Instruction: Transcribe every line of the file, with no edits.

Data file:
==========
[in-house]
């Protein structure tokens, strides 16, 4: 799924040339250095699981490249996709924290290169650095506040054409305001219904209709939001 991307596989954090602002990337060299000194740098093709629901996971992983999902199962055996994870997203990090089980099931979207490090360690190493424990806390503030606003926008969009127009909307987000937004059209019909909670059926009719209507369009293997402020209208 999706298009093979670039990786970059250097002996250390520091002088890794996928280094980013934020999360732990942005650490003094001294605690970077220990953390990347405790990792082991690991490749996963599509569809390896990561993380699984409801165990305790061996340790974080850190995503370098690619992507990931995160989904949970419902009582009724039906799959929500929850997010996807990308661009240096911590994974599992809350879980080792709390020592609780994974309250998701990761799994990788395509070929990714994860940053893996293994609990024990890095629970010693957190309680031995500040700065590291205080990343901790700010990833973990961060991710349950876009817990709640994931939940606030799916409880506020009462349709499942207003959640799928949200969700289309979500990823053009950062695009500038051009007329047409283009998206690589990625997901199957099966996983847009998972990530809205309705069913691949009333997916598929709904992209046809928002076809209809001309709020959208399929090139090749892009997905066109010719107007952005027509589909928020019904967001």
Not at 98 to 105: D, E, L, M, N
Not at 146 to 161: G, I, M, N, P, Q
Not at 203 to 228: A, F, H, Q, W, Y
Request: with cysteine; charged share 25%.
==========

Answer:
[in-house]
């Protein structure tokens, strides 16, 4: 799924040339250095699981490249996709924290290169650095506040054409305001219904209709939001 991307596989954090602002990337060299000194740098093709629901996971992983999902199962055996994870997203990090089980099931979207490090360690190493424990806390503030606003926008969009127009909307987000937004059209019909909670059926009719209507369009293997402020209208 999706298009093979670039990786970059250097002996250390520091002088890794996928280094980013934020999360732990942005650490003094001294605690970077220990953390990347405790990792082991690991490749996963599509569809390896990561993380699984409801165990305790061996340790974080850190995503370098690619992507990931995160989904949970419902009582009724039906799959929500929850997010996807990308661009240096911590994974599992809350879980080792709390020592609780994974309250998701990761799994990788395509070929990714994860940053893996293994609990024990890095629970010693957190309680031995500040700065590291205080990343901790700010990833973990961060991710349950876009817990709640994931939940606030799916409880506020009462349709499942207003959640799928949200969700289309979500990823053009950062695009500038051009007329047409283009998206690589990625997901199957099966996983847009998972990530809205309705069913691949009333997916598929709904992209046809928002076809209809001309709020959208399929090139090749892009997905066109010719107007952005027509589909928020019904967001």
Not at 98 to 105: D, E, L, M, N
Not at 146 to 161: G, I, M, N, P, Q
Not at 203 to 228: A, F, H, Q, W, Y
Request: with cysteine; charged share 25%.